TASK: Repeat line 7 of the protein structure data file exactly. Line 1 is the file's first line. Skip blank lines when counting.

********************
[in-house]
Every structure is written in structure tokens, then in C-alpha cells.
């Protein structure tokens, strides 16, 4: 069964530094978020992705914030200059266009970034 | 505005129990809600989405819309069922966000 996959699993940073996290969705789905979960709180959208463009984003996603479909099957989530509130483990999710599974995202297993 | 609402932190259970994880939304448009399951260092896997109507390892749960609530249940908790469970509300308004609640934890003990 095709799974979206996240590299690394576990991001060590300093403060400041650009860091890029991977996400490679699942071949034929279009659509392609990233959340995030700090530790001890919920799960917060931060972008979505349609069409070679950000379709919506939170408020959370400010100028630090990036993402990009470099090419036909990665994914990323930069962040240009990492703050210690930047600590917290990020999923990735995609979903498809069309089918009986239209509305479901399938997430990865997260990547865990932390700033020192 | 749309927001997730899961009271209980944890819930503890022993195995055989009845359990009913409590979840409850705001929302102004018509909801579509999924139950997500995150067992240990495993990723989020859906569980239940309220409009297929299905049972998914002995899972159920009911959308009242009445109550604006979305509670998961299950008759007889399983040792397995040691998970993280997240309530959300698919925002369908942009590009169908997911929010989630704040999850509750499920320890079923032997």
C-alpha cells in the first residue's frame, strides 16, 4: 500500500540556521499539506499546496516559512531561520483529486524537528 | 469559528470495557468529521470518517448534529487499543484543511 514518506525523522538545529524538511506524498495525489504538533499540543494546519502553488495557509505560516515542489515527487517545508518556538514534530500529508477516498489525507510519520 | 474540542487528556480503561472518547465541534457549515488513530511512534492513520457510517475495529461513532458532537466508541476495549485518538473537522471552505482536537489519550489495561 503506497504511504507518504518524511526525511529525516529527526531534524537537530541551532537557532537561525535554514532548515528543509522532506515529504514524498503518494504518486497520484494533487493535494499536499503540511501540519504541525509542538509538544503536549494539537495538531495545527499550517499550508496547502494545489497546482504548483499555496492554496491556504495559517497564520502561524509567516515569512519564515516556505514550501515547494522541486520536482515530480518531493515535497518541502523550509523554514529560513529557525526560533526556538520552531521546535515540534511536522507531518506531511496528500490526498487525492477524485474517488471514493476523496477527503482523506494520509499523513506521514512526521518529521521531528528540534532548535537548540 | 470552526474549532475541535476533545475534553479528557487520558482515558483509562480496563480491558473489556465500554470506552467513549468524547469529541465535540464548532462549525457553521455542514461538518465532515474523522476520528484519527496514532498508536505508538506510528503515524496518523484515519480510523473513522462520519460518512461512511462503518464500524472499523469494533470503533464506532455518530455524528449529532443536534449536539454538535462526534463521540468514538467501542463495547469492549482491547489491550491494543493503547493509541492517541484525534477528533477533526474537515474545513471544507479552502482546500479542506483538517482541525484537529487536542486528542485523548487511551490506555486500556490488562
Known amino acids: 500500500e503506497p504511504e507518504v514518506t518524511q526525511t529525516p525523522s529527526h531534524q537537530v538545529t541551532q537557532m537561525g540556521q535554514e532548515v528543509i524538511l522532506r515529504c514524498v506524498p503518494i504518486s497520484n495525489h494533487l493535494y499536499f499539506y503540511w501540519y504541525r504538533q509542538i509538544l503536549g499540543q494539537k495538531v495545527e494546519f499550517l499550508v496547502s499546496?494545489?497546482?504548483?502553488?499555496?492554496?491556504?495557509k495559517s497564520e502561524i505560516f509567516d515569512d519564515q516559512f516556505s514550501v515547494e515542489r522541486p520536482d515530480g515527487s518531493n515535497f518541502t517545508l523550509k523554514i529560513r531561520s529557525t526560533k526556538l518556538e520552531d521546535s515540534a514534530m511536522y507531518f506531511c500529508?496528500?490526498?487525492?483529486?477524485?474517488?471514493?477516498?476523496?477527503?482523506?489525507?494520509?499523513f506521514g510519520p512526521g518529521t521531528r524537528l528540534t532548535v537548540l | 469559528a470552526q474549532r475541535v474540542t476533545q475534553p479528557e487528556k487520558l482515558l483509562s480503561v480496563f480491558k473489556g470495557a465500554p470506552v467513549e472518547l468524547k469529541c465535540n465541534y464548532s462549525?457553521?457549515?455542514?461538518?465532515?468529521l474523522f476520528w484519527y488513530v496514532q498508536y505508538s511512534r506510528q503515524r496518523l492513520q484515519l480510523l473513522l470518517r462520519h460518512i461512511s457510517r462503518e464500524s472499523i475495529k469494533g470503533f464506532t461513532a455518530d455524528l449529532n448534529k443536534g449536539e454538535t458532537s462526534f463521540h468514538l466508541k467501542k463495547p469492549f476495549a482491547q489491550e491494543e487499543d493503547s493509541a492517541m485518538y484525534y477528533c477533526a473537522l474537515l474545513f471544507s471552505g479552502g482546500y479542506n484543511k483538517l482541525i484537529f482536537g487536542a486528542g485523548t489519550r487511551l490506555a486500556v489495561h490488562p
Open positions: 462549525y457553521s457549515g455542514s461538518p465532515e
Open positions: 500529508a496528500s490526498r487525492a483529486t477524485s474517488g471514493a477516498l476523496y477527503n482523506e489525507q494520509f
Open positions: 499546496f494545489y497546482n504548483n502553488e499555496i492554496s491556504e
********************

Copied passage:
Open positions: 500529508a496528500s490526498r487525492a483529486t477524485s474517488g471514493a477516498l476523496y477527503n482523506e489525507q494520509f